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· One min read

A very brief Blog article today, I have created an AWESOME-Azure-Architecture list, this list is hosted in Github and located here:

This list is a curated list of AWESOME blogs, videos, tutorials, code, tools & scripts, related to the design and implementation of solutions in Microsoft Azure.

This list contains anything that can help with your Microsoft Azure architecture and quickly get you up and running when designing, planning, and implementing services that empower organisations around the planet to achieve more.

· 9 min read

You may be working remotely or only have a few devices needing access to your resources in Azure; a solution that can be deployed is a point to site connection straight into your Microsoft Azure network.

This functionality allows your computer to connect privately to resources over a secure tunnel using your internet connection, using an Azure Virtual Network gateway, you can seamlessly connect to resources without the need of opening up your resources to the internet or having to whitelist your (or third party vendor) IP address, which may change daily.

You know only your specified users access your Azure resources using Microsoft Entra ID.

You can have a site to site and point to site VPN running on the same Gateway today. We will set up a Point to Site VPN using Windows 11.

Azure Point to Site

Depending on the SKU of your Virtual Network Gateway, depends on the number of concurrent connections and throughput you are allowed; because we are using Microsoft Entra ID and the OpenVPN protocol, I will be selecting Generation 1, VpnGw1, supporting a max of 250 connections (you can double the number of throughput and connections if you are running in Active/Active and have a second gateway, or select a higher SKU).

Azure AD authentication is supported for OpenVPN® protocol connections only and requires the Azure VPN client.

A note about Gateway SKUs (apart from Basic) you can resize in the same generation (i.e. Generation 1 VpnGw1 to VpnGw3, but you can't go from Generation 1 VpnGw1 to Generation 2 VpnGw5, in order to upgrade, you have to delete and recreate the Gateway, just keep this in mind when deciding on the SKU of your resources).

You can read more about the Virtual Network Gateways and VPN SKUs at the official Microsoft documentation here; your Gateway SKU may differ depending on your requirements.

Create Azure Point to Site VPN using Microsoft Entra ID authentication

Prerequisites

  • An Azure subscription (that you have at least contributor rights to and the ability to create Users and Groups)
  • An endpoint device running Windows 10 or 11 that you can install the Azure VPN client onto

Create Virtual Network

First things first, let's create a Virtual Network.

  1. Log in to the Azure Portal
  2. Click on + Create a resource
  3. Search for: Virtual Network and click on it
  4. Click Create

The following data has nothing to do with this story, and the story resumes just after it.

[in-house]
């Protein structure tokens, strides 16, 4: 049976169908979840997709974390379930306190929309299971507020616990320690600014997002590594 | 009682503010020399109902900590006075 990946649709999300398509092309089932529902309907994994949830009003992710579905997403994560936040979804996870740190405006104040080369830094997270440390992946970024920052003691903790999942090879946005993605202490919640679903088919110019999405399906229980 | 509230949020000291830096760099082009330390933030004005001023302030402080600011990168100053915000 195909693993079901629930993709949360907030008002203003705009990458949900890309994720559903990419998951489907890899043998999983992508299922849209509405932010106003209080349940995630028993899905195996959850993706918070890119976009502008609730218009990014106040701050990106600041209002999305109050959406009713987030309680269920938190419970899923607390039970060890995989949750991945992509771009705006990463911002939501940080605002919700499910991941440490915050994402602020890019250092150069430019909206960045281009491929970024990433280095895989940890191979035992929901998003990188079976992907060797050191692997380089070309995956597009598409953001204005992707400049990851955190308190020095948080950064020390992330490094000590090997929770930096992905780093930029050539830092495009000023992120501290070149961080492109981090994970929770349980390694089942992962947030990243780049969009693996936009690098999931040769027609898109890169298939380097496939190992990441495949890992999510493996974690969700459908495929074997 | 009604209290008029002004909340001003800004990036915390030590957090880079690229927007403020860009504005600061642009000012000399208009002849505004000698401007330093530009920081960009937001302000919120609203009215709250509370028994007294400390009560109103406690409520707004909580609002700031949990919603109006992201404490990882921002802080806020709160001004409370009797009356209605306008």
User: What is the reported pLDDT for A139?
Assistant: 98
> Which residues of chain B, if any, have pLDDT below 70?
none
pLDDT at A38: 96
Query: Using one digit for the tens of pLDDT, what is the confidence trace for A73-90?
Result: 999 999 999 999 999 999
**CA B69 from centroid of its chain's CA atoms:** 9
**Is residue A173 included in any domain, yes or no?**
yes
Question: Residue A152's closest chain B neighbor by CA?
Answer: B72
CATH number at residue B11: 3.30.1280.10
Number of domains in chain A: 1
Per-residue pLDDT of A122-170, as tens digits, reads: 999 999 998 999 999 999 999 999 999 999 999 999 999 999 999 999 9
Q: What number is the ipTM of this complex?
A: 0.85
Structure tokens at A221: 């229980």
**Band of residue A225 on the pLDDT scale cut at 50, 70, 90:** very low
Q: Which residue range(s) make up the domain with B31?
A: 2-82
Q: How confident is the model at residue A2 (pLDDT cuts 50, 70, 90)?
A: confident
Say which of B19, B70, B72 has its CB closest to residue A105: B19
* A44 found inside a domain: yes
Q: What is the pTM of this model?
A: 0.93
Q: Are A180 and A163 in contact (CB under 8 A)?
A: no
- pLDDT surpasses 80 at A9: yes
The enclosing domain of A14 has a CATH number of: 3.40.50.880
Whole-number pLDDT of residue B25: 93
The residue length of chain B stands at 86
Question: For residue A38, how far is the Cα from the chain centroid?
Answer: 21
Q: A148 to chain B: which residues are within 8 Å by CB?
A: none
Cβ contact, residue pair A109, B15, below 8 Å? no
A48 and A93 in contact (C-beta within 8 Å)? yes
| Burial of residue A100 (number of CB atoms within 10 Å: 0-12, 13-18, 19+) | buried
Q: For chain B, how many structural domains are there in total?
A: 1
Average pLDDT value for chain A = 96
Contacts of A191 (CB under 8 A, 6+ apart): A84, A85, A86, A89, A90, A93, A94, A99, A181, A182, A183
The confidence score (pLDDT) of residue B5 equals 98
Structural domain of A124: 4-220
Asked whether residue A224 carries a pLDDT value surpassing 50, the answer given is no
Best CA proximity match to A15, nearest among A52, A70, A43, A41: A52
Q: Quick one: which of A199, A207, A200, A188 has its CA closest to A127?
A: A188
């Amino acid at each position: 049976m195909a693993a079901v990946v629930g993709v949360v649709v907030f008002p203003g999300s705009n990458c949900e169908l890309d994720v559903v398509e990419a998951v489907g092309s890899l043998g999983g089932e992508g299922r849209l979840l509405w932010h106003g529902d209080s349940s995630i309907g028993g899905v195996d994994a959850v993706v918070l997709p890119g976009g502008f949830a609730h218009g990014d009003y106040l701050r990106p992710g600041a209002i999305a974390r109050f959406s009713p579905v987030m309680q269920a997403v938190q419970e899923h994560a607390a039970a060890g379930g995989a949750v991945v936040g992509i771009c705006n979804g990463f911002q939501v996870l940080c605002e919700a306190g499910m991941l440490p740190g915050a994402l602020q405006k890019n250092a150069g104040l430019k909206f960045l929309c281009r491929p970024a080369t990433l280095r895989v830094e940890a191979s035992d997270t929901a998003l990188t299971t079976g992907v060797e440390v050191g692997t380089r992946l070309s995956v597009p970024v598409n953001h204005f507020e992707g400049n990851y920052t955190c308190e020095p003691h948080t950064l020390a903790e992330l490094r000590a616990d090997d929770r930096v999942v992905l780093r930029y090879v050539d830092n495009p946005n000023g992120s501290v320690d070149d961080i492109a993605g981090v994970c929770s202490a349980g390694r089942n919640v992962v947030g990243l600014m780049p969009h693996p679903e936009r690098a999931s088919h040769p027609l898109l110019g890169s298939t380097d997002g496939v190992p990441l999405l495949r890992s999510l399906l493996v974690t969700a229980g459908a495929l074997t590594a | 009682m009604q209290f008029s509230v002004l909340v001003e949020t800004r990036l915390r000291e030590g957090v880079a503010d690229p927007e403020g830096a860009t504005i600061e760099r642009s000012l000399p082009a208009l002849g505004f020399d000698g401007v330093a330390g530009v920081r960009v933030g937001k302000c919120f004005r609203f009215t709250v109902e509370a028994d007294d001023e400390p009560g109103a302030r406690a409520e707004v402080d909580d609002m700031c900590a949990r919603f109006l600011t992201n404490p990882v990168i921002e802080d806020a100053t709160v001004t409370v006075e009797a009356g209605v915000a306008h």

5. Select or create your Resource Group that you want your network resource to sit in (I recommend Virtual Network and the gateway resources sit in its own Resource Group away from other resources so that they can be protected by resource locks, RBAC and they are usually classified as a shared resource).
  6. Azure Virtual Network
  7. Click Next: IP Addresses
  8. Now we need to define the Address space and subnets; I will leave the Address space as 10.0.0.0/16 but remove the Default subnet (select the checkbox next to the Subnet and select Delete)
  9. Click +Add Subnet, and add a new subnet with the name of GatewaySubnet with an IP range of: 10.0.1.0/27 (this Subnet will be used by our Virtual Network Gateway, and the name needs to be exactly GatewaySubnet).
  10. Now I will add a subnet named: app servers, for the Virtual Machines I will need to connect to will be placed.
  11. Azure Virtual Network
  12. Click Next: Security
  13. Leave everything (BastionHost, DDoS Protection Standard, Firewall) as Disabled.
  14. Click Next: Tags
  15. Enter in any tags and click Review + Create
  16. Review your configuration and click Create

Create Virtual Network Gateway

Now that we have the foundation of our setup - an Azure Virtual Network, it is time to provision the Gateway itself; just a note before we continue, the Gateway can take 30-60 minutes to provision.

  1. Log in to the Azure Portal
  2. Click on + Create a resource
  3. Type in and search for: Virtual Network Gateway
  4. Click Create
  5. Type in the name of your Azure Virtual Network Gateway
  6. Select the region (it must be the same region as your virtual network)
  7. Select the Gateway Type: VPN
  8. The VPN type is: Route-based
  9. Select the SKU, in this example - I will be going with VpnGw1
  10. Select the Generation of the Virtual Network Gateway; I am going with: Generation 1
  11. Select the Virtual Network that you created earlier, and it will automatically find and assign the Gateway to the Subnet named: GatewaySubnet
  12. Select Standard public IP address SKU
  13. Select Public IP address and select: Create new
  14. Type in your public IP name
  15. Leave 'Enable active-active mode' and 'Configure BGP' as Disabled.
  16. Click Review + Create
  17. Azure Virtual Network Gateway
  18. Verify configuration is correct and clicks Create
  19. It can take up to 30-60 minutes for the Virtual Network Gateway to be created.

Setup Microsoft Entra ID authentication on the Virtual Network Gateway

Now that the Virtual Network has been created, we can now set up Microsoft Entra ID authentication.

Collect Microsoft Entra ID Tenant ID

First, we need to collect the Azure AD Tenancy ID

  1. Log in to the Azure Portal
  2. Click on Microsoft Entra ID
  3. In the Overview pane, copy the Tenant ID and save this for the next step.
Grant Azure VPN Client permisisons

Now we need to grant the Azure VPN application permissions.

  1. Log in to the Azure Portal

  2. Open a new window and type in and press Enter: